Calling All Heart Patients Greenville NC

The researchers found that patients in Greenville who took part in these telehealth interventions had a 30 percent lower death rate than patients without the interventions. The telehealth patients also had lower total cholesterol levels, lower levels of systolic blood pressure and lower rates of smoking.

Nazim Uddin Azam Khan, MD
PO Box 8168
Greenville, NC
Specialties
Cardiology
Gender
Male
Education
Medical School: Khyber Med Coll, Univ Of Peshawar, Peshawar, Pakistan
Graduation Year: 1985

Data Provided by:
Karen Furlonge Lurito, MD
(252) 816-5601
502 Kensington Dr
Greenville, NC
Specialties
Cardiology
Gender
Female
Education
Medical School: Univ Of Md Sch Of Med, Baltimore Md 21201
Graduation Year: 1996

Data Provided by:
Joseph Dolby Babb, MD
(252) 744-4520
3rd Floor Room #378
Greenville, NC
Specialties
Cardiology
Gender
Male
Education
Medical School: Johns Hopkins Univ Sch Of Med, Baltimore Md 21205
Graduation Year: 1966

Data Provided by:
Michael John Moeller, MD
(252) 816-5887
PCMH T/A 378
Greenville, NC
Specialties
Cardiology
Gender
Male
Education
Medical School: Suny-Hlth Sci Ctr At Syracuse, Coll Of Med, Syracuse Ny 13210
Graduation Year: 1978

Data Provided by:
Ishtiaque Mohiuiddin, MD
1402 Allegro Ct
Greenville, NC
Specialties
Cardiology
Gender
Male
Education
Graduation Year: 2007

Data Provided by:
Donald Hugh Tucker, MD
(252) 752-6101
109 Lord Ashley Dr
Greenville, NC
Specialties
Cardiology
Gender
Male
Education
Medical School: Duke Univ Sch Of Med, Durham Nc 27710
Graduation Year: 1958

Data Provided by:
Shekar Pillai Kumar, MD
(252) 744-1429
3 Merry Ln Apt A
Greenville, NC
Specialties
Cardiology
Gender
Male
Education
Medical School: Stanley Med Coll, Dr M G R Med Univ, Madras, Tn, India
Graduation Year: 1991

Data Provided by:
Charlie Joseph Sang Jr, MD
(806) 743-2757
600 Moye Blvd
Greenville, NC
Specialties
Cardiology
Gender
Male
Education
Medical School: Tulane Univ Sch Of Med, New Orleans La 70112
Graduation Year: 1983

Data Provided by:
Sanjay Chandrakant Patel, MD
(252) 752-6101
301 Campden Way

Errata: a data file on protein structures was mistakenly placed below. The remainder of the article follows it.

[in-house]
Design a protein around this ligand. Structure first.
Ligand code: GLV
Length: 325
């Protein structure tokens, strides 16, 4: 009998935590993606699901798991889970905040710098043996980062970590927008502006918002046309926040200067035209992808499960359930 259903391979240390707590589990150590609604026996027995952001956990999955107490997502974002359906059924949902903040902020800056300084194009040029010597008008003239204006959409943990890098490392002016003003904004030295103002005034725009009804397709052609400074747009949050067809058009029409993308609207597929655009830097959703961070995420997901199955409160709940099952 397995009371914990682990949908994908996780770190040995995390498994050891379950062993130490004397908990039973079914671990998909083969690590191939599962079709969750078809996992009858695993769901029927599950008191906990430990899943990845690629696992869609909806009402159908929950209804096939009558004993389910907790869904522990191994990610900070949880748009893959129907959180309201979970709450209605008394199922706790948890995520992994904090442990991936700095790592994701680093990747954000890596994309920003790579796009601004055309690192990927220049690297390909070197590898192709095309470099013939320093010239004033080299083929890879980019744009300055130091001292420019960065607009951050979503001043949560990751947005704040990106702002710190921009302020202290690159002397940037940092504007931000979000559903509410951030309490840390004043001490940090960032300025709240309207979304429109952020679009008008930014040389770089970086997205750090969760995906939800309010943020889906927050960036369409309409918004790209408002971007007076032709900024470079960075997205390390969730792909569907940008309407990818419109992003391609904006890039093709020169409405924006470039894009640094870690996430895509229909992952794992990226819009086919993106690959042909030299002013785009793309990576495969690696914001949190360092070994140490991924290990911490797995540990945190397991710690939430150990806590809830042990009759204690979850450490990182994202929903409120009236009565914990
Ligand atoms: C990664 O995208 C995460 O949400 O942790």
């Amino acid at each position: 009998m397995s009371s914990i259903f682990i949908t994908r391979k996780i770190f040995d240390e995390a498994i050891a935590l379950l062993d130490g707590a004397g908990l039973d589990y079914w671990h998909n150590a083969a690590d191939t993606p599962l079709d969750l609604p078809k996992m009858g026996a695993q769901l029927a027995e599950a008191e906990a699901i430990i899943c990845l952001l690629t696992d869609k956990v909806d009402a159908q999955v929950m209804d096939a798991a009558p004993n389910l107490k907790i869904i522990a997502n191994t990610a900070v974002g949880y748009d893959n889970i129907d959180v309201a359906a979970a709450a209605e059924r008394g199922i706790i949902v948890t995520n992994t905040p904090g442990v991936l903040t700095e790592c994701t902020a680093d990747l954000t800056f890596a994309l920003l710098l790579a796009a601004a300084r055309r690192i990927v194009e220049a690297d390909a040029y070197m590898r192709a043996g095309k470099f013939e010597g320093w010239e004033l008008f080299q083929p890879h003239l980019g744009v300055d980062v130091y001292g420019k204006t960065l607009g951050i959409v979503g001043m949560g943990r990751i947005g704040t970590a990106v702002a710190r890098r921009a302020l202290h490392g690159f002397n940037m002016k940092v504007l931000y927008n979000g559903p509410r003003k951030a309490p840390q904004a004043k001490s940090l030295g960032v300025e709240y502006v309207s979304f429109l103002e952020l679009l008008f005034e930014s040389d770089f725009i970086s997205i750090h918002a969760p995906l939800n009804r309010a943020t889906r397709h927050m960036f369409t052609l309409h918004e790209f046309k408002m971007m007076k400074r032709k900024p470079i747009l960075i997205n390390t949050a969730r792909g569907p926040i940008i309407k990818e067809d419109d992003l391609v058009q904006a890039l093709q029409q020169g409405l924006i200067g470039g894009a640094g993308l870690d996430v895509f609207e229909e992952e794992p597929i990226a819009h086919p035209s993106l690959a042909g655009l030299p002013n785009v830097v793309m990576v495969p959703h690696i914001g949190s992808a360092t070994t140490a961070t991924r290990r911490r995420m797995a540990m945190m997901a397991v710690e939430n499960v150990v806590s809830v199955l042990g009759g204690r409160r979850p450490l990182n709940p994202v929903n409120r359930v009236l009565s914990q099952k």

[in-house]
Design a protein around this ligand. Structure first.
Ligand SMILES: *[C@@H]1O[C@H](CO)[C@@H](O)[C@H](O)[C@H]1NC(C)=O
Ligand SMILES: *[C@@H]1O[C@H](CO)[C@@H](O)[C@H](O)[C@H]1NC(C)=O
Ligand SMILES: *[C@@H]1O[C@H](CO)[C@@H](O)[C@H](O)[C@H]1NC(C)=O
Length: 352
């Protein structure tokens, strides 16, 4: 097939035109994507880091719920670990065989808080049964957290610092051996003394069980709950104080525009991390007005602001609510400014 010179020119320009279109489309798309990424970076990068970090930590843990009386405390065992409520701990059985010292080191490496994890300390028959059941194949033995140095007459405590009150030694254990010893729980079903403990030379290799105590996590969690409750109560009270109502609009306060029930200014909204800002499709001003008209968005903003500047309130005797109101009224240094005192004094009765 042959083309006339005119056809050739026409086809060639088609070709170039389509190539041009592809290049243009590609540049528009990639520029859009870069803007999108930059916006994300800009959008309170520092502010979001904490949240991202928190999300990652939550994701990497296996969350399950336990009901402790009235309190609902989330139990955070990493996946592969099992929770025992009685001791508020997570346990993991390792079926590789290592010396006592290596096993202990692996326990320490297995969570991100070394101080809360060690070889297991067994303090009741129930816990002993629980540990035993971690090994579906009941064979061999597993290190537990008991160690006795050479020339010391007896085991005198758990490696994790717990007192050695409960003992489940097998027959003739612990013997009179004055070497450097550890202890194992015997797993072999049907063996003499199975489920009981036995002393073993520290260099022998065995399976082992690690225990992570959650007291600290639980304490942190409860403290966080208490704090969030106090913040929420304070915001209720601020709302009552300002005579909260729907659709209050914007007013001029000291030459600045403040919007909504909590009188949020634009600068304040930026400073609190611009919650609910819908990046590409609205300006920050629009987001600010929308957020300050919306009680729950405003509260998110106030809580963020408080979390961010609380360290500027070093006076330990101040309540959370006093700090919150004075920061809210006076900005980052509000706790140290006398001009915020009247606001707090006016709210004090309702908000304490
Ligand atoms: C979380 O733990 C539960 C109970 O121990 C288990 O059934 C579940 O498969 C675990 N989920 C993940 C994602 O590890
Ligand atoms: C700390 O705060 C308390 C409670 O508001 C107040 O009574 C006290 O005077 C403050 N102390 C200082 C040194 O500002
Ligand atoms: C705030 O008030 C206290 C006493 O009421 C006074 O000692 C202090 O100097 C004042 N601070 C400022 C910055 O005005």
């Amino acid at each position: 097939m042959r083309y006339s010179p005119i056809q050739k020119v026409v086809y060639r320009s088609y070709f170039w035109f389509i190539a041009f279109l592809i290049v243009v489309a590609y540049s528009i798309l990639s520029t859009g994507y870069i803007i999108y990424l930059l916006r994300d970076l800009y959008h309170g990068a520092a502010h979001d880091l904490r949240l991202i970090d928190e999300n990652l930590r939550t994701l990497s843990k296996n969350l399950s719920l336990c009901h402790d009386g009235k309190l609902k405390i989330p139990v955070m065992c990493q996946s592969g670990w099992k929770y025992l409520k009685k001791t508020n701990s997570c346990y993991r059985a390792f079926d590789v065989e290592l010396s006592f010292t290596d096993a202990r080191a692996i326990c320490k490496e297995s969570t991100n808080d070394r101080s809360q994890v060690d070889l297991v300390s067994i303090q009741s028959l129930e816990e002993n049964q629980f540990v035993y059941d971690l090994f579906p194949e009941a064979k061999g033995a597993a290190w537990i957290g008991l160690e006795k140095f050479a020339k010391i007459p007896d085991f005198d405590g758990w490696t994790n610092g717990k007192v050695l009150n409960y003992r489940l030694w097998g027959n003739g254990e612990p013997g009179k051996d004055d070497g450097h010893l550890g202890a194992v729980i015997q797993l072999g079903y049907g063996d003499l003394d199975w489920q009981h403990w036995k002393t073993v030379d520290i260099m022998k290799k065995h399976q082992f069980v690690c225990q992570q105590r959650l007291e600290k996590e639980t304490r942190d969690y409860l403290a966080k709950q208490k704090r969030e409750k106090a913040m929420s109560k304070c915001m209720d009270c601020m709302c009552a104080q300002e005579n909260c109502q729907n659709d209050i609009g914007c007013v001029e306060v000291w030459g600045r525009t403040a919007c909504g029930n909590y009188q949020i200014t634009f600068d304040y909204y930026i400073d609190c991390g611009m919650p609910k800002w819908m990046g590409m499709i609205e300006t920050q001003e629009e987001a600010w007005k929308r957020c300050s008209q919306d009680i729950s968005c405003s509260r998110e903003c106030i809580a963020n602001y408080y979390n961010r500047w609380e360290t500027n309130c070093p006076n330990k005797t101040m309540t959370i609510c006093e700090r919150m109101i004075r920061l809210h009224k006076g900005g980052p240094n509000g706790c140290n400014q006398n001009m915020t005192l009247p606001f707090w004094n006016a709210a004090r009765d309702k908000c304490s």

Greenville, NC
Specialties
Cardiology
Gender
Male
Education
Medical School: Pecsi Orvostudomanyi Egyetem, Pecs, Hungary
Graduation Year: 1991
Hospital
Hospital: Onslow Memorial Hospital, Jacksonville, Nc
Group Practice: Physicians East Quadrangle Medical Specialists

Data Provided by:
Michael Kevin Smith, MD
(717) 764-6775
804 Chesapeake Pl
Greenville, NC
Specialties
Cardiology
Gender
Male
Education
Medical School: Va Commonwealth Univ, Med Coll Of Va Sch Of Med, Richmond Va 23298
Graduation Year: 1998

Data Provided by:
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Calling All Heart Patients

Provided By:

WEDNESDAY, June 17 (HealthDay News) -- Telephone or Internet-based interventions may help heart attack survivors and other cardiac patients improve their heart health and reduce their risk of future cardiac events, Australian researchers say.

They reviewed published randomized trials evaluating the use of phone- or Internet-based interventions in cardiac rehabilitation programs. Two of the interventions were Internet-based; all others were by telephone.

"We aimed to determine if, in a world increasingly dominated by electronic technology, interventions for preventing recurrent coronary disease could be delivered in innovative ways to enable more people to access effective secondary prevention," the study's lead author, Lis Neubeck of Concord Repatriation General Hospital in Sydney, said in a news release from the European Society of Cardiology.

"Our analysis, which involved more than 3,000 patients across 11 studies, suggests that the electronic age is indeed providing effective alternatives for the delivery of preventive health change," Neubeck added.

The researchers found that patients who took part in these telehealth interventions had a 30 percent lower death rate than patients without the interventions. The telehealth patients also had lower total cholesterol levels, lower levels of systolic blood pressure and lower rates of smoking.

The study appears in the June issue of the European Journal of Cardiovascular Prevention & Rehabilitation.

People are "increasingly time-poor," which can make it difficult for them to attend cardiac-rehabilitation programs at hospitals or other facilities, according to Neubeck, who stated: "Utilizing electronic technologies has the potential to increase access for these services without compromising outcomes."

More information

The U.S. National Heart, Lung, and Blood Institute has more about cardiac rehabilitation.

SOURCE: European Society of Cardiology, news release, June 16, 2009

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